The Benefits of NuPOV

What sets our NuPOV different from the other AR chemistry applications available in the market are that the use of the mechanistic and interactive approach of firing nucleophile towards the electrophile allows students to observe how the molecules change during a successful reaction in 3D. In addition, it also enables students to learn about the physical and spatial factors such as angle of attack that are required to elicit the reaction in a fun and engaging way. NuPOV also promotes self-directed learning as it allows students to clarify their doubts on their understanding of nucleophilic addition quickly through individualised interactive experience of the application. In fact, when we tried NuPOV with our freshman organic chemistry students and get them to do a survey on their experience with NuPOV, they reported feeling more confident solving tougher questions related to nucleophilic addition. Furthermore, they also reported that they are more confident in their understanding enough in the topic to teach their peers.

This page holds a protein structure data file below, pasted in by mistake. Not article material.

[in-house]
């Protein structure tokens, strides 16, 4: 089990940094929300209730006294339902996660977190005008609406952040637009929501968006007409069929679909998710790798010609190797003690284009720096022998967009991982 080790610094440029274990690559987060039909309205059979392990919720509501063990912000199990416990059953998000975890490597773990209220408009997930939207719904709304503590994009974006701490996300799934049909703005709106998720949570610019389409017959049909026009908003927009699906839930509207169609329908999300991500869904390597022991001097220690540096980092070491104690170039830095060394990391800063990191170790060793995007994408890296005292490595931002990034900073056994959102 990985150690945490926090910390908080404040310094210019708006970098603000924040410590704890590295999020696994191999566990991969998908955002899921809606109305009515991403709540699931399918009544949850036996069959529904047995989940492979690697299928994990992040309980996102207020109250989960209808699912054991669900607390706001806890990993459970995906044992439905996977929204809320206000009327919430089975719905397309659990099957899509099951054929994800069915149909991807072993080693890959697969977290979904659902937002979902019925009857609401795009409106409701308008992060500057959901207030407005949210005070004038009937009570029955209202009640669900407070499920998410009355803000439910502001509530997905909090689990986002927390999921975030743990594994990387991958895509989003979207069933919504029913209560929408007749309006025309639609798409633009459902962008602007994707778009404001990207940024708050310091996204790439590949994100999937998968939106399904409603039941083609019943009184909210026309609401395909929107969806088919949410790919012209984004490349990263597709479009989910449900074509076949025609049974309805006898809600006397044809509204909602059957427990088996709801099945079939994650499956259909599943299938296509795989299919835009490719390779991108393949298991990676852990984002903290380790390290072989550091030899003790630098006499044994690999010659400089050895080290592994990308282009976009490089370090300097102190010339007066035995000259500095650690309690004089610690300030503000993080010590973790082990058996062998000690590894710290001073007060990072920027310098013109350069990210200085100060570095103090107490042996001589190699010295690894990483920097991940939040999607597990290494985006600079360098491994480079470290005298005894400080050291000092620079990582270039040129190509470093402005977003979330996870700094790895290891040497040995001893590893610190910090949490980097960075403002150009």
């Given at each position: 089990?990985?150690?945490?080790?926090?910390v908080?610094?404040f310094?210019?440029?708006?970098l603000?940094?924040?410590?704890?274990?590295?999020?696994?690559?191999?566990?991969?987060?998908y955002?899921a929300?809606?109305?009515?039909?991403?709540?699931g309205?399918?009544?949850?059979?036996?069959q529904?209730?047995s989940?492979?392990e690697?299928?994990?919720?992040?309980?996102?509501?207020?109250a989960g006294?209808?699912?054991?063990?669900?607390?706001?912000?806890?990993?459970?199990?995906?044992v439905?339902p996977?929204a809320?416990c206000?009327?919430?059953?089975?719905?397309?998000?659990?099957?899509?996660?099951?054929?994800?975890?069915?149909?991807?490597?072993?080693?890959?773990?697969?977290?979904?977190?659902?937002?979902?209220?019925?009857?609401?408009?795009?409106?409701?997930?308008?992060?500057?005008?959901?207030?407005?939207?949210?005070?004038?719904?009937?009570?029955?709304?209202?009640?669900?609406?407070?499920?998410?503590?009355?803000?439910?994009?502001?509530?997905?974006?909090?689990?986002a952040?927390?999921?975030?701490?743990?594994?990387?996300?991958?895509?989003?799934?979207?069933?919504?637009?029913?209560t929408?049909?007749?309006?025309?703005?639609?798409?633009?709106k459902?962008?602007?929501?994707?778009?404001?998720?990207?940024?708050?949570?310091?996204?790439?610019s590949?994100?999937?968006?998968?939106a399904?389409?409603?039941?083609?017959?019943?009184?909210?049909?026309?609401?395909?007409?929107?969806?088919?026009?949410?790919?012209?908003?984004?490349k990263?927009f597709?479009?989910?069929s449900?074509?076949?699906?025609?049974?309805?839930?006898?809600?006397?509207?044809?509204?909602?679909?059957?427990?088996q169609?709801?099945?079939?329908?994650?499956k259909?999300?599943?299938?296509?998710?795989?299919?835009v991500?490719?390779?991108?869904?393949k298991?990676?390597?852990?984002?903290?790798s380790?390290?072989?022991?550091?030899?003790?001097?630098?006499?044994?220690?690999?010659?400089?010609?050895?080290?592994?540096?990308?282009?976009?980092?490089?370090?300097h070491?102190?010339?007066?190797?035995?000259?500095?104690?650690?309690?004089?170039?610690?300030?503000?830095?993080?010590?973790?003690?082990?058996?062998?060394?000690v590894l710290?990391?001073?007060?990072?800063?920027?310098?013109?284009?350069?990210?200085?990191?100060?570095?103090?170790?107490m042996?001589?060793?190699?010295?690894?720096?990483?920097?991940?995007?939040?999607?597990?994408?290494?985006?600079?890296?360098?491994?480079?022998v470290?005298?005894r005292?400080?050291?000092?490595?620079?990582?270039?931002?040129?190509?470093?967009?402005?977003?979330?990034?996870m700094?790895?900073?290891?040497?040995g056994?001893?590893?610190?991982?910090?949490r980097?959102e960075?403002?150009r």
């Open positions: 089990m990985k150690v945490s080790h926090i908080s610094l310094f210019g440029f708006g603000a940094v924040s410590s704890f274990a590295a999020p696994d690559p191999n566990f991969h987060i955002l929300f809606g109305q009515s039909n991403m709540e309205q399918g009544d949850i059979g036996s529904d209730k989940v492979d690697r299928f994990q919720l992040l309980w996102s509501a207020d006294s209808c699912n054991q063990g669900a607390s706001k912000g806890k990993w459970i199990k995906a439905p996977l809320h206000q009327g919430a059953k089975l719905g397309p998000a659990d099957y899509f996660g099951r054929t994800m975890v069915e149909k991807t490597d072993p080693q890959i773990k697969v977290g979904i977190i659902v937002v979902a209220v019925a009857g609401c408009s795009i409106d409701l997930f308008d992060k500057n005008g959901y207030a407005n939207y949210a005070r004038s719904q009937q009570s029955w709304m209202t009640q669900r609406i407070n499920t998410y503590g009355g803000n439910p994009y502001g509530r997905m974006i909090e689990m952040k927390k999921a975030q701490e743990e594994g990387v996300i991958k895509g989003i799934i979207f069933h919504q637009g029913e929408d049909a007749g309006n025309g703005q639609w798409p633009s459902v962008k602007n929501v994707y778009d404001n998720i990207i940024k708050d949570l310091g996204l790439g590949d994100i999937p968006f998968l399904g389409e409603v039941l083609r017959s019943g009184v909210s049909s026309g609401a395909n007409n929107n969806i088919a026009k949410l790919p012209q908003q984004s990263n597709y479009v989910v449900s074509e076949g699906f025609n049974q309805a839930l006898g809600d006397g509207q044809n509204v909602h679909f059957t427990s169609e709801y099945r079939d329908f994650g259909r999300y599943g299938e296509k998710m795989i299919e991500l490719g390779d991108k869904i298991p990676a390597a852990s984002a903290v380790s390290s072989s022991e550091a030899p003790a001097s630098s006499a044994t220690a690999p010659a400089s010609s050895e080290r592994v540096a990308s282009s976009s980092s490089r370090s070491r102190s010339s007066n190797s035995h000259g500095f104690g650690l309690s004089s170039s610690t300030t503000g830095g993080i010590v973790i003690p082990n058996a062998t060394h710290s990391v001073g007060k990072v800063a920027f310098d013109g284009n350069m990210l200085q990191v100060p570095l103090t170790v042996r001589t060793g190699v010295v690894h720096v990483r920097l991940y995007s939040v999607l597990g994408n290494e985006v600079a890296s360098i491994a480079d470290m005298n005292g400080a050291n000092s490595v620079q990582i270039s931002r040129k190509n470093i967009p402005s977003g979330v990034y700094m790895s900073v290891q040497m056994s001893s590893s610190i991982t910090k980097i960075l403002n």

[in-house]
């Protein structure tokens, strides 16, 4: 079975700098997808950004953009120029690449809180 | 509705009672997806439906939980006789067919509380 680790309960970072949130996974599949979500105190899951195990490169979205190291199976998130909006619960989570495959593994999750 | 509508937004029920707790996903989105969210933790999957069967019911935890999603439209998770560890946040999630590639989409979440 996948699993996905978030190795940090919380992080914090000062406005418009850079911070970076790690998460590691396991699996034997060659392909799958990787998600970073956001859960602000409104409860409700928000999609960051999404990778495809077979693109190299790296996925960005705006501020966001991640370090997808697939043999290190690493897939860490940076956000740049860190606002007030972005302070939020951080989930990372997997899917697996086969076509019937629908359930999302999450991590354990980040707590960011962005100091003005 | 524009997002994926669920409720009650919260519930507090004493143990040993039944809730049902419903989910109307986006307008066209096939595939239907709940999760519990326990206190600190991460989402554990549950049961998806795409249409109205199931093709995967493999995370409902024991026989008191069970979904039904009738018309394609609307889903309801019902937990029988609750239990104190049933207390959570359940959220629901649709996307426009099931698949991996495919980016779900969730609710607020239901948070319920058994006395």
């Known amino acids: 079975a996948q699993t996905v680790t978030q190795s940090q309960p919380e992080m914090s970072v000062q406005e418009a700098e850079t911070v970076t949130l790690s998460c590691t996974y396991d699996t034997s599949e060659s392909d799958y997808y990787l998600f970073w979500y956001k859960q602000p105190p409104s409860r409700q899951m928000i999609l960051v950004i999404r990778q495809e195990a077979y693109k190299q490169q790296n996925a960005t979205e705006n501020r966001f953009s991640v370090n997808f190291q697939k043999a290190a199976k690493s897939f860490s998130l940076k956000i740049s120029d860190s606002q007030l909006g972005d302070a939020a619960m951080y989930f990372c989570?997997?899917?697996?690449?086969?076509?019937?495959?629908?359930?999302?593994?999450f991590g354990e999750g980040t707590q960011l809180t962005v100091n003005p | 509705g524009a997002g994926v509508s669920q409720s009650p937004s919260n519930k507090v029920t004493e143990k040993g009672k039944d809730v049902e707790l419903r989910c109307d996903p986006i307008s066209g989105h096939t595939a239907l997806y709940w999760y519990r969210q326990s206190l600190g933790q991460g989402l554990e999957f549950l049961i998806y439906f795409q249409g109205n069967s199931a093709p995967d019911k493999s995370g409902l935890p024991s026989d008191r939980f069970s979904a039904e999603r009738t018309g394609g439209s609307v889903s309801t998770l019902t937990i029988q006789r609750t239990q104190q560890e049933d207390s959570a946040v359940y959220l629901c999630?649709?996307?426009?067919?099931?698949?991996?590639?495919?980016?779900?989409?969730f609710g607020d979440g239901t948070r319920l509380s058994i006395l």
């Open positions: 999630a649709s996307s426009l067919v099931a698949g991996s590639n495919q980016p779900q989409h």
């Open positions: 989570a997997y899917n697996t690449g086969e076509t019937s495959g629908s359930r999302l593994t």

The Future of NuPOV

NuPOV has great potential in teaching spatial visualisation in organic chemistry, has been well-received by students. We hope to further improve NuPOV by expanding our library of electrophiles by adding more complex molecules, and other reaction mechanisms such as nucleophilic substitution (SN1).

About the author: Fun Man is a Singaporean lecturer in Learning Sciences and Chemistry at the National University of Singapore. He was conferred the prestigious University Annual Teaching Excellence Award in 2017 and NUS Faculty Teaching Excellence Award 2016. He is a distinguished recipient of the D2L award Innovation in Teaching and Learning (2019) and QS-Wharton STAR Reimagine Education Awards (2017, 2018) for his effort in innovative teaching and learning approach. He was the Singaporean representative for Global Young Scientists Summit 2020, and a member of the CAS Future Leaders Program 2020, selected by the American Chemical Society.


Dr. Fun Man FUNG

National University of Singapore